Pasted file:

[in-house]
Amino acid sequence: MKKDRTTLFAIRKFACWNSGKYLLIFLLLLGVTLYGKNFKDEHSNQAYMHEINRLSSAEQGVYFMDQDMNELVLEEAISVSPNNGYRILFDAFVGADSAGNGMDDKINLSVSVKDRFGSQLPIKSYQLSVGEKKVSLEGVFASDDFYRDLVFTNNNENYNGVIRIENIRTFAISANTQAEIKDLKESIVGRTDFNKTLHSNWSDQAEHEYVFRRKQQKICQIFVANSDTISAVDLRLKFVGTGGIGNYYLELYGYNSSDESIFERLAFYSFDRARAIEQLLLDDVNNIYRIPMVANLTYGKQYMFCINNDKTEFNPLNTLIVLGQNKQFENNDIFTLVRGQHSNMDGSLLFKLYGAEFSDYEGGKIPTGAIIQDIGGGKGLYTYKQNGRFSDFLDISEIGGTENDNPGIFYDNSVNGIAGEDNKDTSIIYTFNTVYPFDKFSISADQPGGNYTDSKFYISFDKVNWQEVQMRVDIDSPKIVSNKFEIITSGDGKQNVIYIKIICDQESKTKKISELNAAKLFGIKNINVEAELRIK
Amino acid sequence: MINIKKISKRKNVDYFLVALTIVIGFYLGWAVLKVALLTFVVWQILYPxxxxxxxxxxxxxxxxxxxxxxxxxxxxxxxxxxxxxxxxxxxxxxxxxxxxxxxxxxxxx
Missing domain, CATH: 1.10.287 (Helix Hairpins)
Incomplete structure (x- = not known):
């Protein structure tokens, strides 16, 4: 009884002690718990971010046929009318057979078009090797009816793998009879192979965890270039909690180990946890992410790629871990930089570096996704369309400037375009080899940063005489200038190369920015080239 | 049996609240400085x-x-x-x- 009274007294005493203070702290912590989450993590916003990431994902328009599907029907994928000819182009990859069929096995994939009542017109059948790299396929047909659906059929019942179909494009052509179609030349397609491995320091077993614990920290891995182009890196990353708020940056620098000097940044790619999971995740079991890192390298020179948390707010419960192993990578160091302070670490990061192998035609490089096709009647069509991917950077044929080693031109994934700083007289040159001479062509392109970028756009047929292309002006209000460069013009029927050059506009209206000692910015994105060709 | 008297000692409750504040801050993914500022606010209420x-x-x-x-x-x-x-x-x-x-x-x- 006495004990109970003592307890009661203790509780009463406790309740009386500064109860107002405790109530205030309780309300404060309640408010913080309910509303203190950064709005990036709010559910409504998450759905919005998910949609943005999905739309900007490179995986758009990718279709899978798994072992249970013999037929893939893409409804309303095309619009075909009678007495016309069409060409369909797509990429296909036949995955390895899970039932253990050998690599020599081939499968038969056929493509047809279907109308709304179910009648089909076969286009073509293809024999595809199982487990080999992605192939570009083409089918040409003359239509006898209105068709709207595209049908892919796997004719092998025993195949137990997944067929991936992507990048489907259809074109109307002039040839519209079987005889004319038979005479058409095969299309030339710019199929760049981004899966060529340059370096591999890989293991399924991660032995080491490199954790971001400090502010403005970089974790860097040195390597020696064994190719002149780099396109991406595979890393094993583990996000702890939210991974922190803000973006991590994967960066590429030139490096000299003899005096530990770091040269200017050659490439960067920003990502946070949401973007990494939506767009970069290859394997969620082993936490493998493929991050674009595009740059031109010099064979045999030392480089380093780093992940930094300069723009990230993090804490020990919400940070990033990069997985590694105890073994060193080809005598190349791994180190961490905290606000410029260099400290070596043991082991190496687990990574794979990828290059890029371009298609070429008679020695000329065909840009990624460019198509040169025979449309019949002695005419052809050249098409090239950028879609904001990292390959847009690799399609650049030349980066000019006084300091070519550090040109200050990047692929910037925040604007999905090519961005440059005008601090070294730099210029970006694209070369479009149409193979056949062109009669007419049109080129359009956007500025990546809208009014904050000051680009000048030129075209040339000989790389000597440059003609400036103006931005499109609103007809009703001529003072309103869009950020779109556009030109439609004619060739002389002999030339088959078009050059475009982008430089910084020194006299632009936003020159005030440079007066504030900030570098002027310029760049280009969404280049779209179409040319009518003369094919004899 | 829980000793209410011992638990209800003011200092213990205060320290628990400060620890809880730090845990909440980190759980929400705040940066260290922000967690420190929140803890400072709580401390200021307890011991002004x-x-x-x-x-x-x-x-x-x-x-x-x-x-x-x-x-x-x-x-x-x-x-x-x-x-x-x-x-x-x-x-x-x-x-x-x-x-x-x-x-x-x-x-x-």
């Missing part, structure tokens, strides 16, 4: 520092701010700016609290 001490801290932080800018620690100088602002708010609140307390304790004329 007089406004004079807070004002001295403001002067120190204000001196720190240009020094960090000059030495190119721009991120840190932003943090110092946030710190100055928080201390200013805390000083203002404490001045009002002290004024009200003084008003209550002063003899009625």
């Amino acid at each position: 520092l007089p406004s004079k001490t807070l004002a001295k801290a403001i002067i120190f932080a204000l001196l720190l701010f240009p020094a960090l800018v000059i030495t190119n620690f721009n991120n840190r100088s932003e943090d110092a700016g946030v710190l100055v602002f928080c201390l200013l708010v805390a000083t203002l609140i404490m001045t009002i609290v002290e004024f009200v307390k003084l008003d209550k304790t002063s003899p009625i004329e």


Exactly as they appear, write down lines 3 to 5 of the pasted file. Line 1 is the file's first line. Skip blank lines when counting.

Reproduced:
Amino acid sequence: MINIKKISKRKNVDYFLVALTIVIGFYLGWAVLKVALLTFVVWQILYPxxxxxxxxxxxxxxxxxxxxxxxxxxxxxxxxxxxxxxxxxxxxxxxxxxxxxxxxxxxxx
Missing domain, CATH: 1.10.287 (Helix Hairpins)
Incomplete structure (x- = not known):